Thursday, August 6, 2009

White House Compiling Fishy Enemies List?

Remember when the Bush administration was routinely blasted for assaulting civil liberties and shredding the Constitution? Those were the good old days. The criticism usually arose in connection with counter-terrorism initiatives, of course, not domestic political dissent. Yet on Monday, the Obama administration put out a call for anyone who encounters any "fishy" information (i.e., information that runs counter to a government-run healthcare system) to forward that information to a designated White House email address. The Washington Examiner and other news outlets and websites wonder how this squares with freedom of speech and personal privacy:
The White House request that members of the public report anyone who is spreading "disinformation" about the proposed national health care makeover could lead to a White House database of political opponents that will be both secret and permanent, according to Republican lawyers on the Senate Judiciary Committee who are examining the plan's possible implementation...
In a letter to Obama Tuesday, Republican Sen. John Cornyn wrote that, given [White House director of new media Macon] Phillips' request, "it is inevitable that the names, email address, IP addresses, and private speech of U.S. citizens will be reported to the White House." Cornyn warned the president that "these actions taken by your White House staff raise the specter of a data collection program."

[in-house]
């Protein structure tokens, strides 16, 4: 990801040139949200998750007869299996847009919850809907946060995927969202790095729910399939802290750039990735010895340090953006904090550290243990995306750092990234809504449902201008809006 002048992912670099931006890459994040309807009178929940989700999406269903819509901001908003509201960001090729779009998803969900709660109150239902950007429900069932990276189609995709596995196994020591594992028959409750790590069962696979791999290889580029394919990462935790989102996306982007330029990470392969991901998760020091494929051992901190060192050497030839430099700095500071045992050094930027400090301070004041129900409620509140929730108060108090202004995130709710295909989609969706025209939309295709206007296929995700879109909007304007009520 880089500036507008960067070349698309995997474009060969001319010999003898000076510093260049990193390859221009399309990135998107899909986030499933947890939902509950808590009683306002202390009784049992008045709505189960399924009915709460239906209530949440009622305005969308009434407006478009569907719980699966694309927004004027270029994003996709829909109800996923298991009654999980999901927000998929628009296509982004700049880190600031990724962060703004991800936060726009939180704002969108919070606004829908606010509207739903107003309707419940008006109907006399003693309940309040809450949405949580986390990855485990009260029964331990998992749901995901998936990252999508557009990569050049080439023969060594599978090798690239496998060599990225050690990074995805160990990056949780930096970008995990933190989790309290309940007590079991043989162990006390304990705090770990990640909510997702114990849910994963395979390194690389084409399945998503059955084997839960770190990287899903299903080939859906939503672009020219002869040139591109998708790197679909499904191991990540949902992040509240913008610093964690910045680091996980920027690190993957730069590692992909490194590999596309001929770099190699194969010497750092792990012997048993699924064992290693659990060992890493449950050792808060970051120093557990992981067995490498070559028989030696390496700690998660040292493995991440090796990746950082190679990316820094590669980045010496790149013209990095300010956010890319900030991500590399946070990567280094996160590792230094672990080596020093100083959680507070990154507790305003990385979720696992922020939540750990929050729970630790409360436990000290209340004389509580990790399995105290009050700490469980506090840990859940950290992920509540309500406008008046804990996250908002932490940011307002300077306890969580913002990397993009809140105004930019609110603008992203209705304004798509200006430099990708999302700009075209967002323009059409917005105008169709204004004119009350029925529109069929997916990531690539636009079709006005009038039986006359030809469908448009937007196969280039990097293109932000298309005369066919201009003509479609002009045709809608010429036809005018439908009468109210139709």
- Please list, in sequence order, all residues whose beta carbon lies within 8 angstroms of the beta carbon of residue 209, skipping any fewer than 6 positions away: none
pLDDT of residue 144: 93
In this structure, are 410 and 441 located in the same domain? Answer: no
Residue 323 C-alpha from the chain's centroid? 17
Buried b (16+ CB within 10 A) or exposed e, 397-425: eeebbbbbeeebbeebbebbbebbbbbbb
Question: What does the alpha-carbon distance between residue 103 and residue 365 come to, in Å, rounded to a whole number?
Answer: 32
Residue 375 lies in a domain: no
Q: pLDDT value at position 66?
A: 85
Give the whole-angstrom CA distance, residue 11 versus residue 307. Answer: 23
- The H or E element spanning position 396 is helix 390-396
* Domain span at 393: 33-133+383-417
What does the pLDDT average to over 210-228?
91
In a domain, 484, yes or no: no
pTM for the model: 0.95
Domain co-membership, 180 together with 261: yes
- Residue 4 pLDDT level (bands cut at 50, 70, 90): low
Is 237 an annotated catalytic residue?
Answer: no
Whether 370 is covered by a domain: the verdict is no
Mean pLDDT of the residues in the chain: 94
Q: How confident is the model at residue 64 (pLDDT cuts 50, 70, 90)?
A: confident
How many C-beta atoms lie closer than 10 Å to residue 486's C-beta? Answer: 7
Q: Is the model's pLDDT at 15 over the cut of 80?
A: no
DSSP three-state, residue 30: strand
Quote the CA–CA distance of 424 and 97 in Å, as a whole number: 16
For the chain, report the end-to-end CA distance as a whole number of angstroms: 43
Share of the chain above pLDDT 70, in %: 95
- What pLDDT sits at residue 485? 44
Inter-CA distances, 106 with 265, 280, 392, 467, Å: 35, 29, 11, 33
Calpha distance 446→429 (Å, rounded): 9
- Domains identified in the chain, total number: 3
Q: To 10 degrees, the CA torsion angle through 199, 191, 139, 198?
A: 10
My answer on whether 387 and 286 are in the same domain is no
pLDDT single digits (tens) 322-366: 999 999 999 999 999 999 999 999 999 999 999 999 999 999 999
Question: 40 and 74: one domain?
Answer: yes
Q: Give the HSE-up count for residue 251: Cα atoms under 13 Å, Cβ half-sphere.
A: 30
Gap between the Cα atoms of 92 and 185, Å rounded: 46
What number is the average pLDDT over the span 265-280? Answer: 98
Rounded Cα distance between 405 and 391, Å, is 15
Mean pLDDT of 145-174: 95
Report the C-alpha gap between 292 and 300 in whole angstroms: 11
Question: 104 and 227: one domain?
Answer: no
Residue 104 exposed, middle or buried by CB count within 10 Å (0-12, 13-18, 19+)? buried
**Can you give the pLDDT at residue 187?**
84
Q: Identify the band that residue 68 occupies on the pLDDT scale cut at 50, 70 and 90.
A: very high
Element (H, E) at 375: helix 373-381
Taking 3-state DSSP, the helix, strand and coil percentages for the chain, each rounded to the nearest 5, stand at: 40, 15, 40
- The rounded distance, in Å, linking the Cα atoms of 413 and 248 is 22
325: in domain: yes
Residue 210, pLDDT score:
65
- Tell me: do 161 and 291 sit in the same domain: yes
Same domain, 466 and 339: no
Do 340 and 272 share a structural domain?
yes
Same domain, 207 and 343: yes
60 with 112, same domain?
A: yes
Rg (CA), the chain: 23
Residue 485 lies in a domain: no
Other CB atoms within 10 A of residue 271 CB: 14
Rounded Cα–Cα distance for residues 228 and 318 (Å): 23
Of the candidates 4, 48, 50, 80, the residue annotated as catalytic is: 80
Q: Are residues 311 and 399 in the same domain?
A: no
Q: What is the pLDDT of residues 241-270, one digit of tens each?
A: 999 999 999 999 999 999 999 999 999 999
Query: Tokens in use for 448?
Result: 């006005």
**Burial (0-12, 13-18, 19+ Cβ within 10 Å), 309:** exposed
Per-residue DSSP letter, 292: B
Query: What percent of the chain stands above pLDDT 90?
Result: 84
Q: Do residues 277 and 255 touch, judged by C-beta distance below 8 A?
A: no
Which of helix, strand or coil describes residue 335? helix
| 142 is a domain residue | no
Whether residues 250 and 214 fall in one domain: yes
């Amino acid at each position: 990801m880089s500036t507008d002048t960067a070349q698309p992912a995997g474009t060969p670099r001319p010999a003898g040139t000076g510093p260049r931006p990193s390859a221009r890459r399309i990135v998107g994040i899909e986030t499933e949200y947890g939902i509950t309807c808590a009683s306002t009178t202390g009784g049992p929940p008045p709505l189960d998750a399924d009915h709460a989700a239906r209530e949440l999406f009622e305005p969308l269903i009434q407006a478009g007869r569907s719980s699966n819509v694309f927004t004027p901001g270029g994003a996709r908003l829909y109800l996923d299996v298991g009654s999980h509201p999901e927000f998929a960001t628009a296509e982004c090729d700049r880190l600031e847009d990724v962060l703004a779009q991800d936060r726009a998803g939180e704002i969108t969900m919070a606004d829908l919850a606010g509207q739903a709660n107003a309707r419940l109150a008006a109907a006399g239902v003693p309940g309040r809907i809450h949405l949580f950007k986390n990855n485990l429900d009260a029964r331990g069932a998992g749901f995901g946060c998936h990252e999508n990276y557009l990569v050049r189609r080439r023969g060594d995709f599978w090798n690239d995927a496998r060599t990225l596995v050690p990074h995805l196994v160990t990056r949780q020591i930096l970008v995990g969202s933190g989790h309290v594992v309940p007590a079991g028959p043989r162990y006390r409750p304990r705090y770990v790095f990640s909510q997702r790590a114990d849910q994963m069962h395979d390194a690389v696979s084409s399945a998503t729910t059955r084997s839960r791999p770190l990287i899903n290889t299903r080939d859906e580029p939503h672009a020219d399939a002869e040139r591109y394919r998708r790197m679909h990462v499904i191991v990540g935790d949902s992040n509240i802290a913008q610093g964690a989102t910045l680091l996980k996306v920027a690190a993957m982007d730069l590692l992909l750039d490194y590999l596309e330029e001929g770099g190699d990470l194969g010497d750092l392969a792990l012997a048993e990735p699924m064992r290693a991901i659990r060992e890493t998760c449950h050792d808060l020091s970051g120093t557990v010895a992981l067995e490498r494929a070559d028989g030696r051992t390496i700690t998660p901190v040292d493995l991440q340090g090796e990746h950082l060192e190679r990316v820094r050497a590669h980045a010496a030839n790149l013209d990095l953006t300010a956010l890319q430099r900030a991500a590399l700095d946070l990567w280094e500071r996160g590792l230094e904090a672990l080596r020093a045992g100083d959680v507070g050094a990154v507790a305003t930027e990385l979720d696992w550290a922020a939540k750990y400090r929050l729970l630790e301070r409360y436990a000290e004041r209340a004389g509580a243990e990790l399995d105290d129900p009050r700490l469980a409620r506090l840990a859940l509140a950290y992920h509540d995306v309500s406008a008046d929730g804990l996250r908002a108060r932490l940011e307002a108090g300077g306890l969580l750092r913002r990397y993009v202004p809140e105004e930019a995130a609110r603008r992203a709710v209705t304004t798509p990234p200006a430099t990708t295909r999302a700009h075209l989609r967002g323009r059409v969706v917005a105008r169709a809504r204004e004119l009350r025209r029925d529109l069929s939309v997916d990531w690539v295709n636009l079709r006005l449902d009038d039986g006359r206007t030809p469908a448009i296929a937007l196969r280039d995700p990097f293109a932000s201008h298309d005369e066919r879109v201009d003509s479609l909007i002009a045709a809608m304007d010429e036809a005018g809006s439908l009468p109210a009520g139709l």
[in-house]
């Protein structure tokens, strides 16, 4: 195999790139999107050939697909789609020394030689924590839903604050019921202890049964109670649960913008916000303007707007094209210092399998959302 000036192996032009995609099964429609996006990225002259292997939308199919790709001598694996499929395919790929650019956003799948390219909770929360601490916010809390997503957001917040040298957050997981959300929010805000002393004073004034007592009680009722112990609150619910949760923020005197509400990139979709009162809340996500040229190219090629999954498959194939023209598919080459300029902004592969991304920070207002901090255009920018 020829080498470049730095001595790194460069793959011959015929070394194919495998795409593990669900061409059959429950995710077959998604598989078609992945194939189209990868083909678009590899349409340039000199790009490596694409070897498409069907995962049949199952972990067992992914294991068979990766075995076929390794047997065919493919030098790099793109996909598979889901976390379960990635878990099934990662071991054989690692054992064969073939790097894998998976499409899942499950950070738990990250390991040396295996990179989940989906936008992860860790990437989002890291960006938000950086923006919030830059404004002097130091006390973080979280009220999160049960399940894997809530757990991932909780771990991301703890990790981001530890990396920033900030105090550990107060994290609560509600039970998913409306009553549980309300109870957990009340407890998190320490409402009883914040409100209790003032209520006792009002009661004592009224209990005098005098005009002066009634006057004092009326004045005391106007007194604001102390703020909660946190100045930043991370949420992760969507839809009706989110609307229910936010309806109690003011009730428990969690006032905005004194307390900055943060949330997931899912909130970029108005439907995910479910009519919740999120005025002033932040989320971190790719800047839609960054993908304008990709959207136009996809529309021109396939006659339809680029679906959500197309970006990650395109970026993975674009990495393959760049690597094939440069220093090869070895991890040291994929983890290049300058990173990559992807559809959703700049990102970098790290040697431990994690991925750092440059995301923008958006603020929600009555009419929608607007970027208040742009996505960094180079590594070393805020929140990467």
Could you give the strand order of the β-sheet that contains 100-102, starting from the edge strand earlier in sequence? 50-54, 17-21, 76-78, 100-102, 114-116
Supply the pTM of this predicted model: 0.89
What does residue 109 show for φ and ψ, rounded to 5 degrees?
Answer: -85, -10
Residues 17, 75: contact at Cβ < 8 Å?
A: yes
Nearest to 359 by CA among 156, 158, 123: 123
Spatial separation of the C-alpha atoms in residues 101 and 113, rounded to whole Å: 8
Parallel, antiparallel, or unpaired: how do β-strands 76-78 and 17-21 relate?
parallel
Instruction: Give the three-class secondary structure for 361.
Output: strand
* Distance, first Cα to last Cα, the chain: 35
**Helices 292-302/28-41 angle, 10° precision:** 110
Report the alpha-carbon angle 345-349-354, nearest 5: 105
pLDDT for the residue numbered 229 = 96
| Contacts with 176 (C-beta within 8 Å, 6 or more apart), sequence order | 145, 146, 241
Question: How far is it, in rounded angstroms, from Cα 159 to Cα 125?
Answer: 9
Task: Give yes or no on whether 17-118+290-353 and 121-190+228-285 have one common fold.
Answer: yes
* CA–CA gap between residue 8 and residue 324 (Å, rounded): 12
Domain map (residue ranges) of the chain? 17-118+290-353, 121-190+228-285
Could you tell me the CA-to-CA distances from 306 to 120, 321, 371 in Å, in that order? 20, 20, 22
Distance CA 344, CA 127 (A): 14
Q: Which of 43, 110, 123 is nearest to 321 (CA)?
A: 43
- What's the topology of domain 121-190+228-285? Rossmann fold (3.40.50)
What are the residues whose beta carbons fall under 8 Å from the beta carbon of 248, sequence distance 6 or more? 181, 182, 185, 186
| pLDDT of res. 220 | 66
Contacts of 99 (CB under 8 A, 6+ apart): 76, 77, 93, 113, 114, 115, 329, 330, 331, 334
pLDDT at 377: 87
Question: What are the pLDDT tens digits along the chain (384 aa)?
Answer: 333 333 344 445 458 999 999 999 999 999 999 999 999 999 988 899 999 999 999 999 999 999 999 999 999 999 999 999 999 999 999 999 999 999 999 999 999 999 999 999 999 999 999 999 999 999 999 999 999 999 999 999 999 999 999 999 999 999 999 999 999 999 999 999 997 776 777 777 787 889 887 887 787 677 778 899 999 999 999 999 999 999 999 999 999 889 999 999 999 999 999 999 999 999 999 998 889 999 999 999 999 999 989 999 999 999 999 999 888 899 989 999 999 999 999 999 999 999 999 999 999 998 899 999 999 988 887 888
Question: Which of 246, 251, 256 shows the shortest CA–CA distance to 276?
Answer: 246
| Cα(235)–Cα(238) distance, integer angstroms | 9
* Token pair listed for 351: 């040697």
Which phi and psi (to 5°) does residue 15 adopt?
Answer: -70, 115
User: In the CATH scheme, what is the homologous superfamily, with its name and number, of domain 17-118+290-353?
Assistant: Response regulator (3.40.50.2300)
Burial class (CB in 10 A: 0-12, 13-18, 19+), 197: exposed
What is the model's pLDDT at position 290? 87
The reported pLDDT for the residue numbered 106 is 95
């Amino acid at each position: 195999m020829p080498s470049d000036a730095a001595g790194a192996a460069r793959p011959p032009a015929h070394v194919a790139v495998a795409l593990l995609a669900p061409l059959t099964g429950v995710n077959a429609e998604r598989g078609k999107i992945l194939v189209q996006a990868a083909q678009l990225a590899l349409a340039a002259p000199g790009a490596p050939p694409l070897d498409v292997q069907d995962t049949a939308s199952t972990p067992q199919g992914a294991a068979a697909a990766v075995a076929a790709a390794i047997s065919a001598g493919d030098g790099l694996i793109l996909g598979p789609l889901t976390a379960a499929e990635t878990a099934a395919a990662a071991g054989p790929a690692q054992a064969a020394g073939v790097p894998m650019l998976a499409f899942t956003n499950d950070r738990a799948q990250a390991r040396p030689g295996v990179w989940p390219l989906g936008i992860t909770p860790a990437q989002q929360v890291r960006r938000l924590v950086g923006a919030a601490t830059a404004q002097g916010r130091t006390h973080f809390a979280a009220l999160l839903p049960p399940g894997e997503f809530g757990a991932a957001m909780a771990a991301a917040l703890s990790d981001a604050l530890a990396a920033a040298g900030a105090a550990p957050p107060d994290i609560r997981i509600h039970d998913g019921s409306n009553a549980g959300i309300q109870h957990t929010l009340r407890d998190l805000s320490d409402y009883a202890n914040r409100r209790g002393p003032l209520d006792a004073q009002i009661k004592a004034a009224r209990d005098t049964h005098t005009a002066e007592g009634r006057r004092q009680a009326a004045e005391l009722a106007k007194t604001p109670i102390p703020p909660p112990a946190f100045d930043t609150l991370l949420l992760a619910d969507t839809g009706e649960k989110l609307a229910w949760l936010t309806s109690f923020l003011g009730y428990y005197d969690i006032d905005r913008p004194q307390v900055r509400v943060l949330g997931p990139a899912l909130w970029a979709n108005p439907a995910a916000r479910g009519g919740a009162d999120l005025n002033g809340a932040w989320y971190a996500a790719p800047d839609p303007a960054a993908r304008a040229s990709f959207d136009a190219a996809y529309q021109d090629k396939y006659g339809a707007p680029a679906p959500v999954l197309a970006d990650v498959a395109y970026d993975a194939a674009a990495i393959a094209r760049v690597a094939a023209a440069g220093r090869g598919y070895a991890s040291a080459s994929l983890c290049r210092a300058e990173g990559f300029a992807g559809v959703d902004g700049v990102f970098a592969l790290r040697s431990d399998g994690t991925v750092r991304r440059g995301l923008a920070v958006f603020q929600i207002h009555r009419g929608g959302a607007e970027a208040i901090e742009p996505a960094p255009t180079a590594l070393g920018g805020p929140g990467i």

"I can only imagine the level of justifiable outrage had your predecessor asked Americans to forward emails critical of his policies to the White House," Cornyn continued. "I urge you to cease this program immediately."

Community Organizing Suddenly Falls Out of Favor

Up until November 4, 2008, being a community organizer was a fantastic vocation. In fact, it was that role--unlike say military or law enforcement experience, business experience, or executive experience of any kind--that qualified someone to become the U.S. president. Now, when average, non-ideological citizens themselves engage in participatory democracy, they've somehow morphed into a "mob" rather than a community organization. Yesterday, ordinary citizens met with Congressman Chris Murphy in Simsbury, CT about healthcare. Murphy did not exactly cover himself in glory: Swing-district solons like Murphy will have to make a fundamental decision, perhaps one that will directly determine their political career going forward: vote the way the party machine tells them to or represent their constituents. And whose more out of touch: the politicians themselves or the reporters/editors that cover them? In this video, an outspoken, grassroots concerned citizen interacts with two seemingly clueless reporters from the local paper, the Hartford Courant.Here's the bottom line: while the free enterprise system can sometimes be unfair if not corrupt, and healthcare insurance reform is needed, the average American does not want socialism